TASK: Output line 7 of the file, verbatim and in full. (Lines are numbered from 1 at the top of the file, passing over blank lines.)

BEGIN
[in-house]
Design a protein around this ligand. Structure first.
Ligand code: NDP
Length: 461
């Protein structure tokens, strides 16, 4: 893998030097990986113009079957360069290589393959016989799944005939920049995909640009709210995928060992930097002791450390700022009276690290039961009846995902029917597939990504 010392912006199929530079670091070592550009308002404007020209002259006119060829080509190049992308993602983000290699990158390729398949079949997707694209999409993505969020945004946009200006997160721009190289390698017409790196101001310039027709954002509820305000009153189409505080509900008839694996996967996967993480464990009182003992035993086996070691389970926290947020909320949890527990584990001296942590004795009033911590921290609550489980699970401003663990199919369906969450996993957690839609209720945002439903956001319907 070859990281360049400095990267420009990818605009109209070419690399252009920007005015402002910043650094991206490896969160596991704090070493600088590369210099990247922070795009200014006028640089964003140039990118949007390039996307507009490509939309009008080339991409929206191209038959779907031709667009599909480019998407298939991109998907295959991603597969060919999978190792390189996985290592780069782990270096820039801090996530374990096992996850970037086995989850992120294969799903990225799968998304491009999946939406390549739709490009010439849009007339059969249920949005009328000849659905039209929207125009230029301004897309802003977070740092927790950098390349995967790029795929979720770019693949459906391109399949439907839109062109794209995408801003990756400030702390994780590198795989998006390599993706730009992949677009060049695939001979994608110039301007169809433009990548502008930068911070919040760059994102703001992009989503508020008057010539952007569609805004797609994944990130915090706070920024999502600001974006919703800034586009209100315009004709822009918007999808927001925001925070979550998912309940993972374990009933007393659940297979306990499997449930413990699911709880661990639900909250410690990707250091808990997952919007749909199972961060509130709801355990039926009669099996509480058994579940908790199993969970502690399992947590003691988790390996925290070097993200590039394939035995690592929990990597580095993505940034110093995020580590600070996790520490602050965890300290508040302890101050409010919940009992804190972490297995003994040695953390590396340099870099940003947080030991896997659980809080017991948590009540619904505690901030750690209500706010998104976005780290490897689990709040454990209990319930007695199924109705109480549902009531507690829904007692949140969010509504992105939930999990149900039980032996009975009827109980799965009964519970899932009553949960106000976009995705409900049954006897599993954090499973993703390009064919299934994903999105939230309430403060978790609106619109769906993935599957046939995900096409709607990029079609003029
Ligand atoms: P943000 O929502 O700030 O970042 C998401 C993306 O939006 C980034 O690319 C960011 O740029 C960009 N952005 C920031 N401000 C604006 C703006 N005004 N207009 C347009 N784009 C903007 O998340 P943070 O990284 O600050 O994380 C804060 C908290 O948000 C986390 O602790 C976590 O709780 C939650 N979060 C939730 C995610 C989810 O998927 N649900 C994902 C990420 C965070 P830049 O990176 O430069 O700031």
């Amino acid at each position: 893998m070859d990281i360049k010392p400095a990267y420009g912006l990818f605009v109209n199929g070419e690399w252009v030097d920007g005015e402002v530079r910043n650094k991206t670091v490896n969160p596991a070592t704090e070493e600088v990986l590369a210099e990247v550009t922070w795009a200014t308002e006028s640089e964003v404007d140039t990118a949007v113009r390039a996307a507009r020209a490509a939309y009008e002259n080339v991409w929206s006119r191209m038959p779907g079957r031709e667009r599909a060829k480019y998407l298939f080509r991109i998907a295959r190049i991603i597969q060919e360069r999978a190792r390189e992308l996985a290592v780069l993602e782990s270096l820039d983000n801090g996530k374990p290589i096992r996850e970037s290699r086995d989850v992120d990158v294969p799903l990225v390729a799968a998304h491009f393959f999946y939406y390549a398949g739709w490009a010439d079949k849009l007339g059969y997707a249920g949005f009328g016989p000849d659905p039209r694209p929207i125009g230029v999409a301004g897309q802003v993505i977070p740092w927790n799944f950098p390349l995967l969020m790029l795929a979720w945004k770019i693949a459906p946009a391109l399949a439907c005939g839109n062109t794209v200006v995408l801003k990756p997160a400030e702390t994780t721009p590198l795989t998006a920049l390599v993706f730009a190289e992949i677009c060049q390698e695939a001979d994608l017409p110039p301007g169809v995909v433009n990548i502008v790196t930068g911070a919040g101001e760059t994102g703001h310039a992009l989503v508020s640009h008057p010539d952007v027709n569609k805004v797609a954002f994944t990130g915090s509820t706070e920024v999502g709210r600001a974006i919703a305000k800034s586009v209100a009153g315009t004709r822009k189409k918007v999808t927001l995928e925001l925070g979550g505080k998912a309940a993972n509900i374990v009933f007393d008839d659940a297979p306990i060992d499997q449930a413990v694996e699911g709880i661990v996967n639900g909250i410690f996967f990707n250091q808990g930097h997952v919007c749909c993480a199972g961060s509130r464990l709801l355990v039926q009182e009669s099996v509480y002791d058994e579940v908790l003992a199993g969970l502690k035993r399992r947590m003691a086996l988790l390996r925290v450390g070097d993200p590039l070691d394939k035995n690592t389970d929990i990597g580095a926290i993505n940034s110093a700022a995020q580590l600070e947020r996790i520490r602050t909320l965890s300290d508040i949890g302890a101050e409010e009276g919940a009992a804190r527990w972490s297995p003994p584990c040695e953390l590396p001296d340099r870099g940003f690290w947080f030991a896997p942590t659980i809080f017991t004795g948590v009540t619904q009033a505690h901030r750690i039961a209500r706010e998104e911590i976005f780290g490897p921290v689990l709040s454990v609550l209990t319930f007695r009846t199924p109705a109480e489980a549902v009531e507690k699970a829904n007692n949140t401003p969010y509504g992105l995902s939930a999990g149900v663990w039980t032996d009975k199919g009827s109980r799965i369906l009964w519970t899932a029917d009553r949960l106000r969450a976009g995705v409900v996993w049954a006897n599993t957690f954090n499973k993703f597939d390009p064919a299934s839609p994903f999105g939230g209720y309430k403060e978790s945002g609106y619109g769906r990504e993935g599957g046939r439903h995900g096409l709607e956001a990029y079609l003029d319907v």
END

């Amino acid at each position: 893998m070859d990281i360049k010392p400095a990267y420009g912006l990818f605009v109209n199929g070419e690399w252009v030097d920007g005015e402002v530079r910043n650094k991206t670091v490896n969160p596991a070592t704090e070493e600088v990986l590369a210099e990247v550009t922070w795009a200014t308002e006028s640089e964003v404007d140039t990118a949007v113009r390039a996307a507009r020209a490509a939309y009008e002259n080339v991409w929206s006119r191209m038959p779907g079957r031709e667009r599909a060829k480019y998407l298939f080509r991109i998907a295959r190049i991603i597969q060919e360069r999978a190792r390189e992308l996985a290592v780069l993602e782990s270096l820039d983000n801090g996530k374990p290589i096992r996850e970037s290699r086995d989850v992120d990158v294969p799903l990225v390729a799968a998304h491009f393959f999946y939406y390549a398949g739709w490009a010439d079949k849009l007339g059969y997707a249920g949005f009328g016989p000849d659905p039209r694209p929207i125009g230029v999409a301004g897309q802003v993505i977070p740092w927790n799944f950098p390349l995967l969020m790029l795929a979720w945004k770019i693949a459906p946009a391109l399949a439907c005939g839109n062109t794209v200006v995408l801003k990756p997160a400030e702390t994780t721009p590198l795989t998006a920049l390599v993706f730009a190289e992949i677009c060049q390698e695939a001979d994608l017409p110039p301007g169809v995909v433009n990548i502008v790196t930068g911070a919040g101001e760059t994102g703001h310039a992009l989503v508020s640009h008057p010539d952007v027709n569609k805004v797609a954002f994944t990130g915090s509820t706070e920024v999502g709210r600001a974006i919703a305000k800034s586009v209100a009153g315009t004709r822009k189409k918007v999808t927001l995928e925001l925070g979550g505080k998912a309940a993972n509900i374990v009933f007393d008839d659940a297979p306990i060992d499997q449930a413990v694996e699911g709880i661990v996967n639900g909250i410690f996967f990707n250091q808990g930097h997952v919007c749909c993480a199972g961060s509130r464990l709801l355990v039926q009182e009669s099996v509480y002791d058994e579940v908790l003992a199993g969970l502690k035993r399992r947590m003691a086996l988790l390996r925290v450390g070097d993200p590039l070691d394939k035995n690592t389970d929990i990597g580095a926290i993505n940034s110093a700022a995020q580590l600070e947020r996790i520490r602050t909320l965890s300290d508040i949890g302890a101050e409010e009276g919940a009992a804190r527990w972490s297995p003994p584990c040695e953390l590396p001296d340099r870099g940003f690290w947080f030991a896997p942590t659980i809080f017991t004795g948590v009540t619904q009033a505690h901030r750690i039961a209500r706010e998104e911590i976005f780290g490897p921290v689990l709040s454990v609550l209990t319930f007695r009846t199924p109705a109480e489980a549902v009531e507690k699970a829904n007692n949140t401003p969010y509504g992105l995902s939930a999990g149900v663990w039980t032996d009975k199919g009827s109980r799965i369906l009964w519970t899932a029917d009553r949960l106000r969450a976009g995705v409900v996993w049954a006897n599993t957690f954090n499973k993703f597939d390009p064919a299934s839609p994903f999105g939230g209720y309430k403060e978790s945002g609106y619109g769906r990504e993935g599957g046939r439903h995900g096409l709607e956001a990029y079609l003029d319907v």